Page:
Although completed around 1280, this medieval chapel honouring the Virgin Mary was restored in the 20th century. Some of the medieval features were kept such as the 15th century screen behind the altar (the reredos) and the 12th century East window.
 
Enhancements to the chapel include the 1908 stencilling of the walls and ceiling designed by Geoffrey Webb and restored in 1988. In the centre of the reredos is a delightful statue of Mary and the Christ-child by A.G.Walker, placed there in 1934. Surrounding this statue, individual gilded panels designed by Frank Roper in 1954, depict wildflowers with welsh names that honour Mary.
 
The 12th century East window is filled with modern stained glass. Displayed is Matthew’s Gospel account of Christ’s ancestors as depicted in the description of ‘The Tree of Jesse’.
 
Finally, the tomb of William de Braose, Bishop of Llandaff from 1266 to 1287, can be seen on the north side of the altar.
 
- The St David Chapel
Added to the Cathedral in the 20th century, this chapel is also known as the Welch Regiment Chapel. It was designed by George Pace and dedicated on the 22nd of September 1956 in memory of the fallen of all wars since the 18th Century.
 
The regimental colours hang from the ceiling on either side of the altar while brass floor tablets and pew ends commemorate officers of the Welch Regiment. Stones on the east wall commemorate the battles the regiment was involved with from 1792 to 1969.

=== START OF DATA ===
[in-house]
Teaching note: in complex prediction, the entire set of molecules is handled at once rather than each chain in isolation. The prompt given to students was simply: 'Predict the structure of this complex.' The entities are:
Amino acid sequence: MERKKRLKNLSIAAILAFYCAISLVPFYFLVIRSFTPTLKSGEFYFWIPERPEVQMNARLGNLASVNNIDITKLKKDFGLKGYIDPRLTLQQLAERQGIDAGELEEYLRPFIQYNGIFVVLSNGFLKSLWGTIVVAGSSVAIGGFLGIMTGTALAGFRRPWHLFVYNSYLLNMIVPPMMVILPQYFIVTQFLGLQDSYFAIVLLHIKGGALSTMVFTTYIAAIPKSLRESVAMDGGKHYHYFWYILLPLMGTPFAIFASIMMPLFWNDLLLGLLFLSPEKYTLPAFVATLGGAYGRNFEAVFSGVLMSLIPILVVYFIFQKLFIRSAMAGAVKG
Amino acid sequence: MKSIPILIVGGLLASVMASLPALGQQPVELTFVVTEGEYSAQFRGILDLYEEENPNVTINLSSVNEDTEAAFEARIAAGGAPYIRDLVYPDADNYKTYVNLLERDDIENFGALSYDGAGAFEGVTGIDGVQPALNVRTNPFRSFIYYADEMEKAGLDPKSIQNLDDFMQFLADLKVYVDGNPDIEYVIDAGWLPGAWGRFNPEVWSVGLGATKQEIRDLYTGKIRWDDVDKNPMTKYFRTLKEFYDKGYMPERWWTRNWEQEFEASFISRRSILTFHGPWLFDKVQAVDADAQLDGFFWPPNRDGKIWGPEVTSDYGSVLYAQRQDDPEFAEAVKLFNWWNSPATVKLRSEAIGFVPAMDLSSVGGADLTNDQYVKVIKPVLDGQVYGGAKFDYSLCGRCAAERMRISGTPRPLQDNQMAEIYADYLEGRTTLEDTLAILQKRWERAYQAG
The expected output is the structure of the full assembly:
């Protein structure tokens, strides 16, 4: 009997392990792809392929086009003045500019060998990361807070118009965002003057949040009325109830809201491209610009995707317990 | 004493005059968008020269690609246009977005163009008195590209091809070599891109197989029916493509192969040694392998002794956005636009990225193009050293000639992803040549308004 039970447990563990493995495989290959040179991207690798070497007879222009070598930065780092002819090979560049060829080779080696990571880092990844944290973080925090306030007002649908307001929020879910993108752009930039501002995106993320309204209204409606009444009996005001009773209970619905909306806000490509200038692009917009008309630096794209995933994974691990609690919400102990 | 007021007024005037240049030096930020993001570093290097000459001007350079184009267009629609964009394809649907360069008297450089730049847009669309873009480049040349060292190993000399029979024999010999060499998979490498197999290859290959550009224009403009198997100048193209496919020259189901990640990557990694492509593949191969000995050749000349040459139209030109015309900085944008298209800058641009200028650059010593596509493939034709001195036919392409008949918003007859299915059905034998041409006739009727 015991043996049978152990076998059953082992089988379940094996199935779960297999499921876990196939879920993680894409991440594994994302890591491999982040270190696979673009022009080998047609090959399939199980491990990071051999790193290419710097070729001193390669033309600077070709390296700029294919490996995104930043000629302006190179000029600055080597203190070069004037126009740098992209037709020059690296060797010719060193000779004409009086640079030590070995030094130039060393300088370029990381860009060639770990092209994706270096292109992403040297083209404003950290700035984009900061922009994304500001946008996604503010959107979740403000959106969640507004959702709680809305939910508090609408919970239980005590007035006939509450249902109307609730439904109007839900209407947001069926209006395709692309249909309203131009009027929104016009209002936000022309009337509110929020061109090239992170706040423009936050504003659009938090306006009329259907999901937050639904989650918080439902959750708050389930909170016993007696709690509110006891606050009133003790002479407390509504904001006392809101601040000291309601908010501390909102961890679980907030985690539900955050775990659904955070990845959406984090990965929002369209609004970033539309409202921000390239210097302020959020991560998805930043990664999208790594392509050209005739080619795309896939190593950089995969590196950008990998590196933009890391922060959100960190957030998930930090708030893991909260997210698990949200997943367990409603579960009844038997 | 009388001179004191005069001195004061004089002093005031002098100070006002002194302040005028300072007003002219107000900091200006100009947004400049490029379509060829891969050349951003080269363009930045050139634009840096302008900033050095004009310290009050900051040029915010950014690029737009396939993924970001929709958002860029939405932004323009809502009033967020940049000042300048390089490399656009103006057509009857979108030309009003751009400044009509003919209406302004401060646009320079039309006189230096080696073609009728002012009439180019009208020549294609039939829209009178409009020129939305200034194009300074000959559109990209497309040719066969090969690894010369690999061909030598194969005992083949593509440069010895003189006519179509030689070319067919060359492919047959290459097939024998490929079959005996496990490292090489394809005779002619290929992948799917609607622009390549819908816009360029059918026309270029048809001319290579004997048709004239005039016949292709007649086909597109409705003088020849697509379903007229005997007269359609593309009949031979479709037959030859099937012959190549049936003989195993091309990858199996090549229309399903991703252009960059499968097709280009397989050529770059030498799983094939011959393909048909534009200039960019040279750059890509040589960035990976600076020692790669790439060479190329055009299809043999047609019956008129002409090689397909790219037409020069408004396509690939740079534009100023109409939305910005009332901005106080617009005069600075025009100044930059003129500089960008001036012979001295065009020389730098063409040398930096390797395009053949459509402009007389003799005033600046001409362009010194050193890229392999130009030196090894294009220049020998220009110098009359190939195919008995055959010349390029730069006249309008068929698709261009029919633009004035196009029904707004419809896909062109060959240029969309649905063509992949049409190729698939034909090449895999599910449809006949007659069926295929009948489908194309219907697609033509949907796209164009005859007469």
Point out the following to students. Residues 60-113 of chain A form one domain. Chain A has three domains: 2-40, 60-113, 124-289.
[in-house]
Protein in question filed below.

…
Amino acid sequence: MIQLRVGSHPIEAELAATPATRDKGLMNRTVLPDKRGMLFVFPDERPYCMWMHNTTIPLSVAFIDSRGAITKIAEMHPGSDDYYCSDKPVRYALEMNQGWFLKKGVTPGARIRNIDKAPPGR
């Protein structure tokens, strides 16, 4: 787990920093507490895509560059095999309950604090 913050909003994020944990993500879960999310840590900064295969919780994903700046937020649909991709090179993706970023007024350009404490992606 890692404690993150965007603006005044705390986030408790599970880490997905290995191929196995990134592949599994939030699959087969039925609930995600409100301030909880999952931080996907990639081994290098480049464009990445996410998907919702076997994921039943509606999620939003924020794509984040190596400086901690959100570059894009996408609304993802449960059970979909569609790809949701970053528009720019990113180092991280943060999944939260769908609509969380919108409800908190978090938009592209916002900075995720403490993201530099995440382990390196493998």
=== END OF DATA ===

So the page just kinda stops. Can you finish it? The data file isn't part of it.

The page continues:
Against the first pillar of the chapel stands the medieval Majestas, which stood in the gable of the West Front until 1984.
 
- The St Illtud Chapel
Beneath the north-west Jasper tower is the St Illtud Chapel. Officially, this is the chapel of the 53rd (Welsh) Infantry Division. However, it is much better known for being the repository of a fine example of pre-Raphaelite art, The Rosetti Triptych.
 
- The Rosetti Triptych
In 1855 and always keen to promote The Arts, Llandaff’s Dean and Chapter made a very controversial decision. They commissioned the notorious Pre-Raphaelite Brotherhood artist, Dante Gabriel Rosetti, to produce a painting for the reredos of the High Altar.